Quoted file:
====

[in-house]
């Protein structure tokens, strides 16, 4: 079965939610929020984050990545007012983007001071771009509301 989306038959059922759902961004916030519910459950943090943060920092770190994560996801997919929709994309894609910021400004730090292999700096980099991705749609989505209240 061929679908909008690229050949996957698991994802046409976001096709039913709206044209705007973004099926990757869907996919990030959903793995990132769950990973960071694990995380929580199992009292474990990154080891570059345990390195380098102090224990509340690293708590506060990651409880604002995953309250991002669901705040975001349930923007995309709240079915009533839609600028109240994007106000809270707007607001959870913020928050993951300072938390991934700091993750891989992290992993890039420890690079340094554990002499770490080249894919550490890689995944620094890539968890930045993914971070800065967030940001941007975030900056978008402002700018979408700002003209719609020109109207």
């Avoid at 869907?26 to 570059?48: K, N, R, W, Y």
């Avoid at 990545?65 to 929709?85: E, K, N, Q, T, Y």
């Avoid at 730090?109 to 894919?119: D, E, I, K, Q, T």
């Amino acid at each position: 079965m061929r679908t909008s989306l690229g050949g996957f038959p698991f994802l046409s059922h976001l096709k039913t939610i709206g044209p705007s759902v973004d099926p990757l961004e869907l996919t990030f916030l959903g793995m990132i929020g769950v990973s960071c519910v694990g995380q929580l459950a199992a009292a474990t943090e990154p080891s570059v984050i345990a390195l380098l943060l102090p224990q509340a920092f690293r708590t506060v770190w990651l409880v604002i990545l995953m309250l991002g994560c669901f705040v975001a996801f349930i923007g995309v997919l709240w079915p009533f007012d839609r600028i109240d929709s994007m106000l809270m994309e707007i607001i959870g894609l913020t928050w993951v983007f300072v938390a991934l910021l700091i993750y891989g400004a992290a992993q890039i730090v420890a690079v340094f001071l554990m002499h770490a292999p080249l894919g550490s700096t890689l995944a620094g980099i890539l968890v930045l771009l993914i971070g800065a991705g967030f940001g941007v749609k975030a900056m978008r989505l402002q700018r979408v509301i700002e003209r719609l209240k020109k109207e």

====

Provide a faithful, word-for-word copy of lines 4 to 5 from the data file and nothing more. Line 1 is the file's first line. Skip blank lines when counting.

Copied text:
């Avoid at 990545?65 to 929709?85: E, K, N, Q, T, Y």
């Avoid at 730090?109 to 894919?119: D, E, I, K, Q, T």